A feast for the senses is probably no gamble at Sphere.
Don’t be distracted by the mesmerizing viral series of exteriors blasting out breathtaking, 360-degree high-resolution visuals — spanning solar scenes to a massive basketball, a disturbingly real eyeball and some patriotic themes, among many more. The 20,000-seat, reportedly $2.2 billion Las Vegas venue’s audio setup is just as captivating.
Essentially, each seat stands as the best in the house due to the ultraresolution audio flow pumped by Holoplot — a specialized sound system that aims to change the future of live performances.
This means standing next to the stage won’t blow out your eardrums and sitting high up feels like you’re next to the stage of the Vegas venue set to premiere with a residency by rock legends U2 starting Sept. 29. (The first four dates are already sold out at nearly $1,500 a head.)
When that sound is spliced in with some of the most high-def footage on Earth — ones tested by NASA in space just to be sure — that’s when Sphere hits the jackpot.
“Probably the most significant change is the addition of the visual component,” Madison Square Garden owner James Dolan exclusively told The Post following a private demonstration inside Sphere. “The challenge to the artist is to create visual environments that are intertwined with their musical performance.”
When asked about bringing a slice of the Big Apple to Sin City, Dolan said it’s an even bigger picture operation: “Obviously, we are bringing all the expertise we have from operating MSG. Still, we feel like we are bringing Vegas to the World.”
Not to mention, all seats have been fitted with vibrating technology to further encompass four out of the five senses (taste excluded) being tapped into during performances both musical and immersive — such as the Darren Aronofsky-directed film “Postcard from Earth,” which premieres October 6.
The seats are also specially designed to have the same vibrating properties of human skin from technicalized holes sculpted at their bottom, according to Sphere hype reps.
Take a sigh of relief knowing it’s anything but “Silence of the Lambs”-esque, as the seats instead simulate the aural sensation of a sold-out show when Sphere is not at capacity, MSG Ventures CEO David Dibble explained during the demo.
All-in on audio
While Sphere’s sound quality is a uniform standard from Holoplot, the overhead location of where audio is physically heard actually varies person to person.
It all comes down to unique acoustics married to the high-end system.
There’s no better example of this than tracks like Queen’s “Bohemian Rhapsody” as guests would listen to each “Galileo!” lyric distinctly echo from a different region of Sphere — the person seated next to you would hear such chants in different spots than you detected.
It’s these type of special enhancements which wooed U2 into christening Sphere in two months. The band’s lead guitarist, the Edge, hailed the new venue as having “the world’s most advanced” sound system.
“In short, it’s a canvas of an unparalleled scale … and a once-in-a-generation opportunity,” he added. “We all thought about it and decided we’d be mad not to accept the invitation.”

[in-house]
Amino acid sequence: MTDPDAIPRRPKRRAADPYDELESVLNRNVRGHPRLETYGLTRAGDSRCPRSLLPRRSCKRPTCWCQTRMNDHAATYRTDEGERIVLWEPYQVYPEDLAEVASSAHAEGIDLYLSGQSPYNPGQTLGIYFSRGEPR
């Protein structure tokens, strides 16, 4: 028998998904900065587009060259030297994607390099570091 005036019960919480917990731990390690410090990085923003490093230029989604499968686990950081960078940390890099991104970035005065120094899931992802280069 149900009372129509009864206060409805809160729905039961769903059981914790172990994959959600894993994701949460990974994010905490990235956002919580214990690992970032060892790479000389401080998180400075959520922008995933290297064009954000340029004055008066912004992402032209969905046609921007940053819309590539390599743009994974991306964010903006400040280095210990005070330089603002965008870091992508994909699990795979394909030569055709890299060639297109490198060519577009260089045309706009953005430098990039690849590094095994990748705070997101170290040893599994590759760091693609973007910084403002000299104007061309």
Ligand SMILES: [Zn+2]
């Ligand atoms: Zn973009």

The audio tech in Sphere, which has been instituted in the Beacon Theater atop Penn Station — Dibble said “they’re never going back” — also poses a potential game-changer in how artists tour in the years to come.
Holoplot’s breakthrough audio poses an elimination of the need for musicians like Taylor Swift to bring literal truckloads of specialized equipment to pair their show with each venue’s individual infrastructure.
With this system, fitted concert halls and arenas can initialize a performance’s individual aspects through the simplest form of data sharing.
It’s as easy as a “show on a USB stick,” Dibble said.
“This is done in advance and is stored on a server virtually eliminating the use of all of the gear a band travels with. All they will need are their instruments,” Dolan added.
Meanwhile, techies and audiophiles will appreciate the venue’s specs — including 167,000, AI-infused speakers pumping out 13 million cubic feet of volume while simultaneously eliminating clumsy reverb and vibrations through advanced wave field synthesis, just to name a few.
It’s especially noticeable with bass waves and kickdrums of music, as they feel closer to a clean pulsation than a messy shockwave that could be detected on the Richter Scale.
This all happens out of public eye from behind the scenes through a metal mesh interface, explained Holoplot CEO Roman Sick, who initially used the system for PA announcements inside of German train tunnels during “10 years of research and development.”
Sick’s state-of-the-art tech — which is in the process of being sold to other spaces — was initially recruited when Dolan and Dibble faced one of the larger challenges of creating a rounded venue.
In fact, it saved the day for Sphere.
“If you have a spherical structure and a performance bowl that is also spherical, that’s an audio person’s worst nightmare,” Dibble previously told The Post.
“We said, ‘we won’t be undone by this’ [and] we worked with [Holoplot] in collaboration to develop a concert-grade wavefield synthesis audio system and platform, the likes of which the world’s ever seen.”
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